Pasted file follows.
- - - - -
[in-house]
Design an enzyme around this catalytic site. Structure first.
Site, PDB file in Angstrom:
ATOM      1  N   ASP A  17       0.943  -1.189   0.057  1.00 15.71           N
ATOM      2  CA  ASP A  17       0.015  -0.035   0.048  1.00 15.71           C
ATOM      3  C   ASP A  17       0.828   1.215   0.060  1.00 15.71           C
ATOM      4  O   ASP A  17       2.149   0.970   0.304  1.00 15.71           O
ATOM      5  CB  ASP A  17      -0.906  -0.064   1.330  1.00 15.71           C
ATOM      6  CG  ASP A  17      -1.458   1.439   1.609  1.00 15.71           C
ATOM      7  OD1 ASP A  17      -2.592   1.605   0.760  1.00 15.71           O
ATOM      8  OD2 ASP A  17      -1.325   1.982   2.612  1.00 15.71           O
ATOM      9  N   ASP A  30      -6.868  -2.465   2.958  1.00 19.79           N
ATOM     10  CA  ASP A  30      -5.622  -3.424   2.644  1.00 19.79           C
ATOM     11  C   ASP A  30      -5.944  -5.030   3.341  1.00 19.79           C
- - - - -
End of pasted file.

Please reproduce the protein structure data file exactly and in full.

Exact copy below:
[in-house]
Design an enzyme around this catalytic site. Structure first.
Site, PDB file in Angstrom:
ATOM      1  N   ASP A  17       0.943  -1.189   0.057  1.00 15.71           N
ATOM      2  CA  ASP A  17       0.015  -0.035   0.048  1.00 15.71           C
ATOM      3  C   ASP A  17       0.828   1.215   0.060  1.00 15.71           C
ATOM      4  O   ASP A  17       2.149   0.970   0.304  1.00 15.71           O
ATOM      5  CB  ASP A  17      -0.906  -0.064   1.330  1.00 15.71           C
ATOM      6  CG  ASP A  17      -1.458   1.439   1.609  1.00 15.71           C
ATOM      7  OD1 ASP A  17      -2.592   1.605   0.760  1.00 15.71           O
ATOM      8  OD2 ASP A  17      -1.325   1.982   2.612  1.00 15.71           O
ATOM      9  N   ASP A  30      -6.868  -2.465   2.958  1.00 19.79           N
ATOM     10  CA  ASP A  30      -5.622  -3.424   2.644  1.00 19.79           C
ATOM     11  C   ASP A  30      -5.944  -5.030   3.341  1.00 19.79           C